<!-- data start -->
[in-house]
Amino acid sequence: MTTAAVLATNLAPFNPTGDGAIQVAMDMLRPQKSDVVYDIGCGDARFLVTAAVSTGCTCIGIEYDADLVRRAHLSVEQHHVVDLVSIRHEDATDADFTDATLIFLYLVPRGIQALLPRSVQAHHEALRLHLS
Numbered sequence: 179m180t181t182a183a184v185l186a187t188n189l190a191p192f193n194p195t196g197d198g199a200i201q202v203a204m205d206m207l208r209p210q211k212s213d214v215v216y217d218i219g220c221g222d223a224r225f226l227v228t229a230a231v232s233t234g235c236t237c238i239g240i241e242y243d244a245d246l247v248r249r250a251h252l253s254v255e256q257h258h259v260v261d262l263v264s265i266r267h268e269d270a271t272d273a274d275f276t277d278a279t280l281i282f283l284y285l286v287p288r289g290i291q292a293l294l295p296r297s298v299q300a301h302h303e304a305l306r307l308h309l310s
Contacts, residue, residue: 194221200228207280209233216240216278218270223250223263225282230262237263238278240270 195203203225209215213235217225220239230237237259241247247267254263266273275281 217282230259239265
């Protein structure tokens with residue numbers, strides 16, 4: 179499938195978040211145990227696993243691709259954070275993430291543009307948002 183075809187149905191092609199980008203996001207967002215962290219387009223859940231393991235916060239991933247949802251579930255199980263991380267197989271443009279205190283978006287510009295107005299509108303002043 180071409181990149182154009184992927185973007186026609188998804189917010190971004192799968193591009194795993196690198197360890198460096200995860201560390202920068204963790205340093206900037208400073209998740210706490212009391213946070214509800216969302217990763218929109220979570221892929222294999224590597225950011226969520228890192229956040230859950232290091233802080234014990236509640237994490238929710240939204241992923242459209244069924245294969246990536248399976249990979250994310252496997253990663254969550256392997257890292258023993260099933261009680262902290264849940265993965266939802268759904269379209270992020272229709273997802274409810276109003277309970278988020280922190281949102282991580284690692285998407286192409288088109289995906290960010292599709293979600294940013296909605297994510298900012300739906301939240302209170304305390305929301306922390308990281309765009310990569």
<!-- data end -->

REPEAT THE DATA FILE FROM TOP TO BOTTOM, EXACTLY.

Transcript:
[in-house]
Amino acid sequence: MTTAAVLATNLAPFNPTGDGAIQVAMDMLRPQKSDVVYDIGCGDARFLVTAAVSTGCTCIGIEYDADLVRRAHLSVEQHHVVDLVSIRHEDATDADFTDATLIFLYLVPRGIQALLPRSVQAHHEALRLHLS
Numbered sequence: 179m180t181t182a183a184v185l186a187t188n189l190a191p192f193n194p195t196g197d198g199a200i201q202v203a204m205d206m207l208r209p210q211k212s213d214v215v216y217d218i219g220c221g222d223a224r225f226l227v228t229a230a231v232s233t234g235c236t237c238i239g240i241e242y243d244a245d246l247v248r249r250a251h252l253s254v255e256q257h258h259v260v261d262l263v264s265i266r267h268e269d270a271t272d273a274d275f276t277d278a279t280l281i282f283l284y285l286v287p288r289g290i291q292a293l294l295p296r297s298v299q300a301h302h303e304a305l306r307l308h309l310s
Contacts, residue, residue: 194221200228207280209233216240216278218270223250223263225282230262237263238278240270 195203203225209215213235217225220239230237237259241247247267254263266273275281 217282230259239265
């Protein structure tokens with residue numbers, strides 16, 4: 179499938195978040211145990227696993243691709259954070275993430291543009307948002 183075809187149905191092609199980008203996001207967002215962290219387009223859940231393991235916060239991933247949802251579930255199980263991380267197989271443009279205190283978006287510009295107005299509108303002043 180071409181990149182154009184992927185973007186026609188998804189917010190971004192799968193591009194795993196690198197360890198460096200995860201560390202920068204963790205340093206900037208400073209998740210706490212009391213946070214509800216969302217990763218929109220979570221892929222294999224590597225950011226969520228890192229956040230859950232290091233802080234014990236509640237994490238929710240939204241992923242459209244069924245294969246990536248399976249990979250994310252496997253990663254969550256392997257890292258023993260099933261009680262902290264849940265993965266939802268759904269379209270992020272229709273997802274409810276109003277309970278988020280922190281949102282991580284690692285998407286192409288088109289995906290960010292599709293979600294940013296909605297994510298900012300739906301939240302209170304305390305929301306922390308990281309765009310990569």